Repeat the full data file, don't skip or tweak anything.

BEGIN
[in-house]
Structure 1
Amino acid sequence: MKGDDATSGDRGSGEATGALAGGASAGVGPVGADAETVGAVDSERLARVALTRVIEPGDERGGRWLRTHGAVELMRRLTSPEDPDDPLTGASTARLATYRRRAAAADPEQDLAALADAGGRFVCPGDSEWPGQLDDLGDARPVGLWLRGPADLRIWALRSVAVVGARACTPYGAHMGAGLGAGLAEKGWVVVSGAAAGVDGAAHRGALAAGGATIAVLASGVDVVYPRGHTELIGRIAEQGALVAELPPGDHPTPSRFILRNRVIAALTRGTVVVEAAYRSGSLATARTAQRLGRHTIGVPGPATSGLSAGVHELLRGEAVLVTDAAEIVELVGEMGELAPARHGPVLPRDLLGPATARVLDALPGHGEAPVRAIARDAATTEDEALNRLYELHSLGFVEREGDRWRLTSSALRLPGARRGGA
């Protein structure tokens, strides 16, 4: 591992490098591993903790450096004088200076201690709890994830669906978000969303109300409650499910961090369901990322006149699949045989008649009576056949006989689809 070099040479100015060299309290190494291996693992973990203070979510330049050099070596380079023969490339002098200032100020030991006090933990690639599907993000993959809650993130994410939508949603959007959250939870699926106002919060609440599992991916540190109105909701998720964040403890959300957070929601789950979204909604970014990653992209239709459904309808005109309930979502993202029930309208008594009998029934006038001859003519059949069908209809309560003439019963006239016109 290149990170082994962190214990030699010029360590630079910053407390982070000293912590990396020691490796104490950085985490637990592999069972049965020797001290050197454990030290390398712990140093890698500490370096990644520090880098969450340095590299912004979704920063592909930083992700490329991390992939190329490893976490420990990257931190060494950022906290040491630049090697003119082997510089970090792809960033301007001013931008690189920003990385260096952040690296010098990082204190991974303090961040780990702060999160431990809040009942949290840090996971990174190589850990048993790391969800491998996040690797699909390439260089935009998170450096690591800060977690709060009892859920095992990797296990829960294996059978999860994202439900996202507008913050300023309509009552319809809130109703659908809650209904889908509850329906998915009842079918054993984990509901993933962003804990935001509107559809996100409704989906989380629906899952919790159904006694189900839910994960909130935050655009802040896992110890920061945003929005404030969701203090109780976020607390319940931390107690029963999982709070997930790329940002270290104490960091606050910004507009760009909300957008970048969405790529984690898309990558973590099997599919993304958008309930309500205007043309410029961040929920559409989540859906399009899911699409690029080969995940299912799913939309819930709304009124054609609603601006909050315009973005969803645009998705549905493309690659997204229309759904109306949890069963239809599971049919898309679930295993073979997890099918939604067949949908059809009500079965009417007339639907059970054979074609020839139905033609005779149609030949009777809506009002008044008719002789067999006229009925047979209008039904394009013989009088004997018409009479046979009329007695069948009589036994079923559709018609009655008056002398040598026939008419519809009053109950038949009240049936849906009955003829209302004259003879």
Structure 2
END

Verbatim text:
[in-house]
Structure 1
Amino acid sequence: MKGDDATSGDRGSGEATGALAGGASAGVGPVGADAETVGAVDSERLARVALTRVIEPGDERGGRWLRTHGAVELMRRLTSPEDPDDPLTGASTARLATYRRRAAAADPEQDLAALADAGGRFVCPGDSEWPGQLDDLGDARPVGLWLRGPADLRIWALRSVAVVGARACTPYGAHMGAGLGAGLAEKGWVVVSGAAAGVDGAAHRGALAAGGATIAVLASGVDVVYPRGHTELIGRIAEQGALVAELPPGDHPTPSRFILRNRVIAALTRGTVVVEAAYRSGSLATARTAQRLGRHTIGVPGPATSGLSAGVHELLRGEAVLVTDAAEIVELVGEMGELAPARHGPVLPRDLLGPATARVLDALPGHGEAPVRAIARDAATTEDEALNRLYELHSLGFVEREGDRWRLTSSALRLPGARRGGA
């Protein structure tokens, strides 16, 4: 591992490098591993903790450096004088200076201690709890994830669906978000969303109300409650499910961090369901990322006149699949045989008649009576056949006989689809 070099040479100015060299309290190494291996693992973990203070979510330049050099070596380079023969490339002098200032100020030991006090933990690639599907993000993959809650993130994410939508949603959007959250939870699926106002919060609440599992991916540190109105909701998720964040403890959300957070929601789950979204909604970014990653992209239709459904309808005109309930979502993202029930309208008594009998029934006038001859003519059949069908209809309560003439019963006239016109 290149990170082994962190214990030699010029360590630079910053407390982070000293912590990396020691490796104490950085985490637990592999069972049965020797001290050197454990030290390398712990140093890698500490370096990644520090880098969450340095590299912004979704920063592909930083992700490329991390992939190329490893976490420990990257931190060494950022906290040491630049090697003119082997510089970090792809960033301007001013931008690189920003990385260096952040690296010098990082204190991974303090961040780990702060999160431990809040009942949290840090996971990174190589850990048993790391969800491998996040690797699909390439260089935009998170450096690591800060977690709060009892859920095992990797296990829960294996059978999860994202439900996202507008913050300023309509009552319809809130109703659908809650209904889908509850329906998915009842079918054993984990509901993933962003804990935001509107559809996100409704989906989380629906899952919790159904006694189900839910994960909130935050655009802040896992110890920061945003929005404030969701203090109780976020607390319940931390107690029963999982709070997930790329940002270290104490960091606050910004507009760009909300957008970048969405790529984690898309990558973590099997599919993304958008309930309500205007043309410029961040929920559409989540859906399009899911699409690029080969995940299912799913939309819930709304009124054609609603601006909050315009973005969803645009998705549905493309690659997204229309759904109306949890069963239809599971049919898309679930295993073979997890099918939604067949949908059809009500079965009417007339639907059970054979074609020839139905033609005779149609030949009777809506009002008044008719002789067999006229009925047979209008039904394009013989009088004997018409009479046979009329007695069948009589036994079923559709018609009655008056002398040598026939008419519809009053109950038949009240049936849906009955003829209302004259003879």
Structure 2